Retrieval services for COVID-19 victims need to be ramped up
RURAL doctors have grave concerns about the capacity of retrieval services to cope with the surge in demand as COVID-19 cases in rural areas rise.
Rural Doctors Association of Australia president Dr John Hall called on all agencies to maximise their capacity to deal with the retrieval of infectious and seriously ill patients, as well as consider other transport requirements.
“Looking at the numbers that are coming in from overseas, we know that we are going to need two to three times the retrieval capacity than is currently available,” Dr Hall said.
“With the expected surge in seriously unwell COVID-19 cases presenting in rural areas, we are concerned that there will be significant delays in retrieval, leaving these patients ventilated for days in rural hospitals that are not equipped or staffed for this type of care.
“It is entirely possible that we will see coronavirus patients dying while waiting for transfer.”
Queensland Chief Health Officer Jeannette Young said there were four planes on standby, additional to the normal cohort of planes for use in Queensland to rapidly move people if they become positive to coronavirus.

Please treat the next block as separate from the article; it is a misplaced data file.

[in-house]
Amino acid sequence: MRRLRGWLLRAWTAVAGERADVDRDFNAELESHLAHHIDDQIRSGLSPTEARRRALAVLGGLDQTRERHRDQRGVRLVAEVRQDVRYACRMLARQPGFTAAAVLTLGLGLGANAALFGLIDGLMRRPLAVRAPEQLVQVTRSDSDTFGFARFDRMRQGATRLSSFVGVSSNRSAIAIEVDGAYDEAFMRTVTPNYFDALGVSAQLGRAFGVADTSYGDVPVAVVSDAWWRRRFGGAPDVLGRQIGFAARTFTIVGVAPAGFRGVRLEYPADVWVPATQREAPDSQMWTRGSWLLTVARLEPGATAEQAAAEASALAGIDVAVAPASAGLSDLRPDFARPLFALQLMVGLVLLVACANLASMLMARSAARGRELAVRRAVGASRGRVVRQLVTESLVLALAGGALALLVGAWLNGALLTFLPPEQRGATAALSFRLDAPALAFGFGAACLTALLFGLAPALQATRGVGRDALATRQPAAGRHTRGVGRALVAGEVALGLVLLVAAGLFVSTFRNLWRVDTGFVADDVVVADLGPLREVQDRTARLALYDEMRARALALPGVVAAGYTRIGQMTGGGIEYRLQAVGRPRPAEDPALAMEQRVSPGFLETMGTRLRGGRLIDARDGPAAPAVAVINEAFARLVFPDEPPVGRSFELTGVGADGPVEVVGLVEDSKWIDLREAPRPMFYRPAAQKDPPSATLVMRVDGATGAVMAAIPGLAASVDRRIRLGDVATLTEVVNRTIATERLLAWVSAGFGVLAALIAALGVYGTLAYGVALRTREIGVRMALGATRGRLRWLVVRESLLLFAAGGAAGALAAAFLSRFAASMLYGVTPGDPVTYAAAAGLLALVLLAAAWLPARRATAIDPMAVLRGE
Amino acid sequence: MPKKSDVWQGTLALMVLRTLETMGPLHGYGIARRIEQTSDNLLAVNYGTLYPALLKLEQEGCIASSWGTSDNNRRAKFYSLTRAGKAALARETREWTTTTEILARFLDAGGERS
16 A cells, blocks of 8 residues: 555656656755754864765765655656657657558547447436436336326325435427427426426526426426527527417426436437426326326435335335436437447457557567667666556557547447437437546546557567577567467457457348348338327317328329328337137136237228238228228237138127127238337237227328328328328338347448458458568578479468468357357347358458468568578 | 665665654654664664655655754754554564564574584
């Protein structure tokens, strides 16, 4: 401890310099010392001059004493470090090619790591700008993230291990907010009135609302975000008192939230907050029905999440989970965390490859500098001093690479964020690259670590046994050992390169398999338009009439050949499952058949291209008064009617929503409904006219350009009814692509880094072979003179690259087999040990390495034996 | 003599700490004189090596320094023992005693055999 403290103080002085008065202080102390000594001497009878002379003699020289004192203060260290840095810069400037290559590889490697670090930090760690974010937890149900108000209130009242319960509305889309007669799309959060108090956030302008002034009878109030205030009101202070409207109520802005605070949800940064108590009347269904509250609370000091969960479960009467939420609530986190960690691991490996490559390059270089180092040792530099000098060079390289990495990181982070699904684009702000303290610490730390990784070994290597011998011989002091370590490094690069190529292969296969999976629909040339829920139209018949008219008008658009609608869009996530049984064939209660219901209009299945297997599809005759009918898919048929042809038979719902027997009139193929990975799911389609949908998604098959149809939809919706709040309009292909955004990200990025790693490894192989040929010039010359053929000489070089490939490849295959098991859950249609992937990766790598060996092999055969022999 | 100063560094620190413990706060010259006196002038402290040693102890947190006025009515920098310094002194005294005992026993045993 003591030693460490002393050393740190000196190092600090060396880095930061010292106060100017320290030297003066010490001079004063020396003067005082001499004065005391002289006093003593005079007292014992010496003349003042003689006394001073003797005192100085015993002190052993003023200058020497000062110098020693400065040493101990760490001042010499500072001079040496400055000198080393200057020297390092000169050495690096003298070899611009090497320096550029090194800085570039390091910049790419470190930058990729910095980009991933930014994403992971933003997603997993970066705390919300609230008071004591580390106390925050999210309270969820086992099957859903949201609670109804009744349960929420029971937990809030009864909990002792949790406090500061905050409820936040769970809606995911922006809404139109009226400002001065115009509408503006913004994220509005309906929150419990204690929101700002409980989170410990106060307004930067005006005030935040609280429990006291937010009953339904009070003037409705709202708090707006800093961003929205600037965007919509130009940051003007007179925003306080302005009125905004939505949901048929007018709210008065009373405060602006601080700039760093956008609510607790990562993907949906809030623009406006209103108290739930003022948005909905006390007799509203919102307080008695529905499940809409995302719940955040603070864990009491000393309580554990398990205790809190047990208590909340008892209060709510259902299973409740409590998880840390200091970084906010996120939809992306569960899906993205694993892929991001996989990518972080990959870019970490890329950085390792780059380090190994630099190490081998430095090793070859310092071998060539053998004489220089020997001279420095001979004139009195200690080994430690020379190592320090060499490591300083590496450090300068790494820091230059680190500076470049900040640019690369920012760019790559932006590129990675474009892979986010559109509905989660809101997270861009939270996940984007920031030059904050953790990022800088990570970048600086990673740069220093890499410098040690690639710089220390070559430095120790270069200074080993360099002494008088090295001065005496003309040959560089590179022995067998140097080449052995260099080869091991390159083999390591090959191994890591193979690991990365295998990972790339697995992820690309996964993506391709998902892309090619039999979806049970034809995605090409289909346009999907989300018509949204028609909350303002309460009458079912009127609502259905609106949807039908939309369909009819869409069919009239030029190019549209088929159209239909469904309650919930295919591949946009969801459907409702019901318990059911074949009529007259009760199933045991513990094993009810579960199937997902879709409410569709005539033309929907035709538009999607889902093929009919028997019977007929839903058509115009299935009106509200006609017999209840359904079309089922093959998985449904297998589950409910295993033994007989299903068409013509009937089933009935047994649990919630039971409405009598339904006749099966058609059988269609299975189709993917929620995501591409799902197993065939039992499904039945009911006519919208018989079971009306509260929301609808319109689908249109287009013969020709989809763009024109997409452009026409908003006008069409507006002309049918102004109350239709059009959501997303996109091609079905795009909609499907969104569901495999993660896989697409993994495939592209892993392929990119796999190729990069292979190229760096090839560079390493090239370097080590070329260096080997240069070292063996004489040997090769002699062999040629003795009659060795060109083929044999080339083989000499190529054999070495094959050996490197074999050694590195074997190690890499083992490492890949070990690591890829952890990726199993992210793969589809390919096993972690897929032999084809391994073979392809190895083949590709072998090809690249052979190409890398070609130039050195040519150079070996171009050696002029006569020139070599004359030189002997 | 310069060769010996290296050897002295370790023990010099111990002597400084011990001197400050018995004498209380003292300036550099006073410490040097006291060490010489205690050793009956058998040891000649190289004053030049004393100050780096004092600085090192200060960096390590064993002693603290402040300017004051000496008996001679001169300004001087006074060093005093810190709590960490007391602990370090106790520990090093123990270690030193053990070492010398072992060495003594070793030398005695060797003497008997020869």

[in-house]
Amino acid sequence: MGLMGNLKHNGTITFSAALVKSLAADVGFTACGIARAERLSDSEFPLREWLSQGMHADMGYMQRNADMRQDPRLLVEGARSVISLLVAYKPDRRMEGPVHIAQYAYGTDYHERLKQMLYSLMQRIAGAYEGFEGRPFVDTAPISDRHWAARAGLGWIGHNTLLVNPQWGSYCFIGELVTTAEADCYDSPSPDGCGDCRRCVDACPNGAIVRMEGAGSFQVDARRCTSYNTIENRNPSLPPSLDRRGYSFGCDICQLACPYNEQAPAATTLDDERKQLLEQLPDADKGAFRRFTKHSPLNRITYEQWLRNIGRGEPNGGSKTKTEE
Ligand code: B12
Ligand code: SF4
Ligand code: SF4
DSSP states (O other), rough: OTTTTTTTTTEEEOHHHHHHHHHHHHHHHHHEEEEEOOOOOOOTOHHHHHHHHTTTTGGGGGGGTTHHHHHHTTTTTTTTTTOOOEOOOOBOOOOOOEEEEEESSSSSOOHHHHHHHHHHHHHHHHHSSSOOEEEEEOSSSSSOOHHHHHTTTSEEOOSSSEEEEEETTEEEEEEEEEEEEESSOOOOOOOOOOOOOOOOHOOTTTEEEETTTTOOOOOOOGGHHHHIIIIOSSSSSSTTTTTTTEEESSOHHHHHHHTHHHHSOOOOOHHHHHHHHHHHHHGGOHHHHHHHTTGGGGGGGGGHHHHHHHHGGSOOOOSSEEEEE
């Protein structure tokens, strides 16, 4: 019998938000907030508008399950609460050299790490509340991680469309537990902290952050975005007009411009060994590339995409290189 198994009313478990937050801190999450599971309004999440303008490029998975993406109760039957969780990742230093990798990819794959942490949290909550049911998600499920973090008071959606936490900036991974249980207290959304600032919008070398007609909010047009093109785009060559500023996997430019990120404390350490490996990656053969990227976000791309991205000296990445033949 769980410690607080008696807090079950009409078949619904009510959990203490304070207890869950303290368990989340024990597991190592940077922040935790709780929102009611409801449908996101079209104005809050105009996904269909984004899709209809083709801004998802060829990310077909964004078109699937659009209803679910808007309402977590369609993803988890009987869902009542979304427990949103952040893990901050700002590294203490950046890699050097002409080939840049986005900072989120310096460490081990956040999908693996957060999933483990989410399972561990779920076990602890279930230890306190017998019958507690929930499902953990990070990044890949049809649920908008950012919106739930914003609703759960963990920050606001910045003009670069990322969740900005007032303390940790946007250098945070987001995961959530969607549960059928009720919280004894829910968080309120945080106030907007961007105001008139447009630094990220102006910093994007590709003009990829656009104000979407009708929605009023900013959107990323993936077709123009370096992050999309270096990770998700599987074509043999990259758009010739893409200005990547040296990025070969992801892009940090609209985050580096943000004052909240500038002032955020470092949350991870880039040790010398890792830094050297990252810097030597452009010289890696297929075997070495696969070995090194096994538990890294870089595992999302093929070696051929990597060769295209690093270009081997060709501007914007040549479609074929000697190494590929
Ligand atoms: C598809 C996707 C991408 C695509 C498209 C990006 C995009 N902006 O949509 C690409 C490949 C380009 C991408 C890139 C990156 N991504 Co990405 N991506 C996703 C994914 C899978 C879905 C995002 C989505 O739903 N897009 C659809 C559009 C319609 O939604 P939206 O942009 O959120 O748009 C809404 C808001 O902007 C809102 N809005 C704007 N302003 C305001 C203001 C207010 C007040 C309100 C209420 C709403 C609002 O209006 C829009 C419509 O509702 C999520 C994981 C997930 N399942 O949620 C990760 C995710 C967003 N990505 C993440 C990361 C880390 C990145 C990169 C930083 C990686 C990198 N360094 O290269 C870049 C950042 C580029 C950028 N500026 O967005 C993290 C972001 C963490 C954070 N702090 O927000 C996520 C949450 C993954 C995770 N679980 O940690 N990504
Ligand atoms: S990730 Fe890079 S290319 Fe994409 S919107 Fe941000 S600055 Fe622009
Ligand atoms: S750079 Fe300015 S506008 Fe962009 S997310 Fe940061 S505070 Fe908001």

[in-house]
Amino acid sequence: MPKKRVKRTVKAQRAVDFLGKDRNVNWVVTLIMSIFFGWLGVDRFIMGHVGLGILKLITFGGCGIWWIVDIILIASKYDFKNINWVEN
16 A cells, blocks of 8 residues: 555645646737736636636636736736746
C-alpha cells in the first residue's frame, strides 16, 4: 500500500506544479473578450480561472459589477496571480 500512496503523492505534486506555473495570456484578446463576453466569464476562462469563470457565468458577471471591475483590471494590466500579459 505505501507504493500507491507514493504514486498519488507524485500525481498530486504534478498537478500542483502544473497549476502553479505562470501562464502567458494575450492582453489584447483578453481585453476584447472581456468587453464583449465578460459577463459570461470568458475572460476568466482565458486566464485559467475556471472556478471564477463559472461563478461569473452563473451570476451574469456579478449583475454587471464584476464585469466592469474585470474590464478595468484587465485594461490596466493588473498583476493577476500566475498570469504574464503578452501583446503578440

Dr Adam Coltzau, the past president of Rural Doctors of Australia Queensland, said Queensland, and Mackay specifically, was in a better position currently than many other places in Australia.
He said the State Government had responded to the concerns of doctors.
“People of Mackay should feel assured that they are in a relatively good position,” Dr Coltzau said. “Queensland has a centralised co-ordination system for retrieval services such as ambulances and helicopters.”
Mackay residents can be treated at the Base Hospital and from there can be flown for further specialised treatment to Townsville or Brisbane.
It is a different reality for rural Queenslanders, who might be some distance from the nearest hospital to receive immediate medical attention.
“The state also has a plan to double ICU capacity in all hospital and branch districts,” Dr Coltzau said.
However, he warned that the situation could change should the number of COVID-19 cases surge and medical services be swamped.
“It’s imperative to flatten the curve now to prevent this by staying at home, socially distancing and only going out for exercise, medical services, work or shopping,” he said.